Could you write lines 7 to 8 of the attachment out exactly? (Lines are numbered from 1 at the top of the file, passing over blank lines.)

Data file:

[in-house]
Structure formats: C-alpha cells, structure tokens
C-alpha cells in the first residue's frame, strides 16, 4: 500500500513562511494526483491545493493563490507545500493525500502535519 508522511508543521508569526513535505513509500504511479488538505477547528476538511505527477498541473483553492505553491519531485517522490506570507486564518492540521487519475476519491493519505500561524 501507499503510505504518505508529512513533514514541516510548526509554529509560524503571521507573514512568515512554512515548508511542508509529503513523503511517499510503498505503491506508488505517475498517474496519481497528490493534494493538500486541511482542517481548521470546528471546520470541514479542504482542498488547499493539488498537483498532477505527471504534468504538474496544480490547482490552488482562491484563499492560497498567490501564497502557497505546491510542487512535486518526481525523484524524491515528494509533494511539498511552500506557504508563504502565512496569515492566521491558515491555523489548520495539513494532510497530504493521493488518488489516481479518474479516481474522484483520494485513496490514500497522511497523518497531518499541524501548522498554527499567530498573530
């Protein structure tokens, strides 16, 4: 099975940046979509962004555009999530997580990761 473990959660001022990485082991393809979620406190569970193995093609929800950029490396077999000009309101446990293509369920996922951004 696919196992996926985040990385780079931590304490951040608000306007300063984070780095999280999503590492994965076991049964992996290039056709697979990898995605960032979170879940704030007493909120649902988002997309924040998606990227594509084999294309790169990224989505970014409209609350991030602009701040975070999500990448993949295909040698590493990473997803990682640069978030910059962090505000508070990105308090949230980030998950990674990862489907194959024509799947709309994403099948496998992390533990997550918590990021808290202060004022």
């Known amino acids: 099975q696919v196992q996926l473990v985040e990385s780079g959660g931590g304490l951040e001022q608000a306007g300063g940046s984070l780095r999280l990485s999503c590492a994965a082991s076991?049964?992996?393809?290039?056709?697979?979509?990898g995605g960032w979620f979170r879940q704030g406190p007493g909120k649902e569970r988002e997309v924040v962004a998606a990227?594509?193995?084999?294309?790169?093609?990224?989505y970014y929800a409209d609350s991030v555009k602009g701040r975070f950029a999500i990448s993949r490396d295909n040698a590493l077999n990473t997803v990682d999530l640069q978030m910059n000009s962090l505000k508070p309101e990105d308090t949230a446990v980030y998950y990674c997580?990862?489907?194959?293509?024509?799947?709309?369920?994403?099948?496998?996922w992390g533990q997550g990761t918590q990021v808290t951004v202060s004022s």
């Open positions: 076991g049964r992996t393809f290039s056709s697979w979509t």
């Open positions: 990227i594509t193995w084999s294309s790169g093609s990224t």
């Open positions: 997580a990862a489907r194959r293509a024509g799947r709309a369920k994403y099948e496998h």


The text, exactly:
């Open positions: 990227i594509t193995w084999s294309s790169g093609s990224t």
């Open positions: 997580a990862a489907r194959r293509a024509g799947r709309a369920k994403y099948e496998h």